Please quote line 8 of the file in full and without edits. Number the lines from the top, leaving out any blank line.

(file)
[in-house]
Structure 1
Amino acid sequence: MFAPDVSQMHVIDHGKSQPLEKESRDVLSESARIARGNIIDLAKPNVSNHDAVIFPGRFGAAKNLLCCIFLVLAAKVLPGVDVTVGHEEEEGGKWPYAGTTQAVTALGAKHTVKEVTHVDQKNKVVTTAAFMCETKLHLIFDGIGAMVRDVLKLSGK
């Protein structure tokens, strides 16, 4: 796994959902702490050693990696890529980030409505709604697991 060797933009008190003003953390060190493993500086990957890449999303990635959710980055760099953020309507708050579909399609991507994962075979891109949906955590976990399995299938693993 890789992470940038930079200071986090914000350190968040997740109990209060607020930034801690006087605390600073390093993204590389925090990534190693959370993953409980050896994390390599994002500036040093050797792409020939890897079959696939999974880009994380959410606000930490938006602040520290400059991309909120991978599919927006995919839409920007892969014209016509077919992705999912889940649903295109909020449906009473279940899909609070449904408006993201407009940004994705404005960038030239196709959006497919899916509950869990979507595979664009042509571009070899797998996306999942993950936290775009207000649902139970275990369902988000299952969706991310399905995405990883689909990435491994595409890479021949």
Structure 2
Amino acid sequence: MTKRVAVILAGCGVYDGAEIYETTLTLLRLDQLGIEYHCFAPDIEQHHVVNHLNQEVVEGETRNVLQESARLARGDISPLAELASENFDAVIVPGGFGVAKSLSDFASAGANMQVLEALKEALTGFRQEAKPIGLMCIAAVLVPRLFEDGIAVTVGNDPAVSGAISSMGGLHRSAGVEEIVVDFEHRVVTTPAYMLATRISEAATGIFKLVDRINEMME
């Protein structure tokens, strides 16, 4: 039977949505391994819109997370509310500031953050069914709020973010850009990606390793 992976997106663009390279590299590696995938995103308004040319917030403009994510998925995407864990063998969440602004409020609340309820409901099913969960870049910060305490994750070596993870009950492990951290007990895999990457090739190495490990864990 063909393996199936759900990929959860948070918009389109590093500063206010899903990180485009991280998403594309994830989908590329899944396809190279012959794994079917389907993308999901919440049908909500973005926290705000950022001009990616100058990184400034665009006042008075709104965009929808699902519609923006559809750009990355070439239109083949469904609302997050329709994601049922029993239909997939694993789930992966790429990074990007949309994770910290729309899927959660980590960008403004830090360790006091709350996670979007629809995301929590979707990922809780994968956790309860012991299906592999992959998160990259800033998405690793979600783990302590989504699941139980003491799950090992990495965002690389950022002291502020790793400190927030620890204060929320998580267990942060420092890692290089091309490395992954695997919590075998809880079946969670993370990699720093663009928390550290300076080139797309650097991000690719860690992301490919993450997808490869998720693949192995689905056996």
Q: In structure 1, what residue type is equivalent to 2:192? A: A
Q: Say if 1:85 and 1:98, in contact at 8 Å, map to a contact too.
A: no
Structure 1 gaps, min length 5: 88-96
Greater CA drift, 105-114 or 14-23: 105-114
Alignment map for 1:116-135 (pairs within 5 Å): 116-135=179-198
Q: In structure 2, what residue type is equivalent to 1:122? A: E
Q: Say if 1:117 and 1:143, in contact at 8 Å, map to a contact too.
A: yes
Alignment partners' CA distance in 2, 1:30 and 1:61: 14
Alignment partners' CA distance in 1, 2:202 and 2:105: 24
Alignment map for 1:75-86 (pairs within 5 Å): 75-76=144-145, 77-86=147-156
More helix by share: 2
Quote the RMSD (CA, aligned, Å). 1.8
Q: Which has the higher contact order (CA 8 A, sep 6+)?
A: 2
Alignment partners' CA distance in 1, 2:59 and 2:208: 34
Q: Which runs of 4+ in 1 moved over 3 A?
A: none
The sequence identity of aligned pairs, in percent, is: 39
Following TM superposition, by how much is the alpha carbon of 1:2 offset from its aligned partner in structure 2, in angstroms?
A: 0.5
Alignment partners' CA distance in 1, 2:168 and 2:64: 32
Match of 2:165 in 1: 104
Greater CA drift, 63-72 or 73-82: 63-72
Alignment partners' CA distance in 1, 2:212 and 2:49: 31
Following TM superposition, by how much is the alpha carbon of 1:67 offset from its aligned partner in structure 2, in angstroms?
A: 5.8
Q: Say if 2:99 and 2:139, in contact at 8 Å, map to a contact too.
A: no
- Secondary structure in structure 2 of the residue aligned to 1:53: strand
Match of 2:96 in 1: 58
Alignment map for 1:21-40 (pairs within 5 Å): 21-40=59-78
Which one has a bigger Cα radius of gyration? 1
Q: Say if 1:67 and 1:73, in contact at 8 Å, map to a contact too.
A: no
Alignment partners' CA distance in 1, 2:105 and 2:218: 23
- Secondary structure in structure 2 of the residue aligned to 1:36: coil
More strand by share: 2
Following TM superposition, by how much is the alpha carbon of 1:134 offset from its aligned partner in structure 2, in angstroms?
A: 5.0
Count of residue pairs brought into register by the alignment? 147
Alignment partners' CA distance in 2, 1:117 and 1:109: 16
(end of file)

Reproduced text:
Q: In structure 1, what residue type is equivalent to 2:192? A: A